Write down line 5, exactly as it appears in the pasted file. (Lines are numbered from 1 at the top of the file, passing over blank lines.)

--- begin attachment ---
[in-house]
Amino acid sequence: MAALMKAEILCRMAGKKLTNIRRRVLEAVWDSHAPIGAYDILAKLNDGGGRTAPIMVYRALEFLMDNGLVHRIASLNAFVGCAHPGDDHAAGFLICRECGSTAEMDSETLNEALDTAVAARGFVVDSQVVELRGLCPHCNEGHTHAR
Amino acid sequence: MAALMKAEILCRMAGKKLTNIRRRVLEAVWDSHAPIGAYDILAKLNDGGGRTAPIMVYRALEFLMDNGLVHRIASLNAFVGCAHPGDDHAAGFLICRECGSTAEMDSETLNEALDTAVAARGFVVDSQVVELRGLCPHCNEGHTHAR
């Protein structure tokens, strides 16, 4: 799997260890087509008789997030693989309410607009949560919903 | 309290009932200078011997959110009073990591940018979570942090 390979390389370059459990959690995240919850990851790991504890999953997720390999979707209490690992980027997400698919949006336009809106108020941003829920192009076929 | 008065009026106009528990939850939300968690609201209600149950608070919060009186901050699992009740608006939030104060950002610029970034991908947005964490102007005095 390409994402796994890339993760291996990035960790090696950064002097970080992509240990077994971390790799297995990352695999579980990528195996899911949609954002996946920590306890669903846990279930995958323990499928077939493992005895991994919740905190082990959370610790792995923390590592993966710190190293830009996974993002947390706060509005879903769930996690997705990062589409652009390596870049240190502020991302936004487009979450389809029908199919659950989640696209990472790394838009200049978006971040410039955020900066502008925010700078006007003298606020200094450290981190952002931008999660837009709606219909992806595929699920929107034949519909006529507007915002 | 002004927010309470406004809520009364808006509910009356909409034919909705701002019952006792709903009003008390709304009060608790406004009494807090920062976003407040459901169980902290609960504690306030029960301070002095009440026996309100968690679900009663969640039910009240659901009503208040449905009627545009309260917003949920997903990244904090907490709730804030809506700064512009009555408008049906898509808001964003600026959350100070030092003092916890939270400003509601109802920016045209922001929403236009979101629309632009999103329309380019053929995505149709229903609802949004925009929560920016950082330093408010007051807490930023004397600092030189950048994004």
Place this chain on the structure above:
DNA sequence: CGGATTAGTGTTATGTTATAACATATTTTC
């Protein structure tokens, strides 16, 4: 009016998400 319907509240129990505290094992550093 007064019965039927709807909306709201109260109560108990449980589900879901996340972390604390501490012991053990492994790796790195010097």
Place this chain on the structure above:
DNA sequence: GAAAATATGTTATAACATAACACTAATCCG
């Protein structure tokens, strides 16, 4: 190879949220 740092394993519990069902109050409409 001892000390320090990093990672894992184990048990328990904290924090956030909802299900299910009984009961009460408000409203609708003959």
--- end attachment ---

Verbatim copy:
Place this chain on the structure above: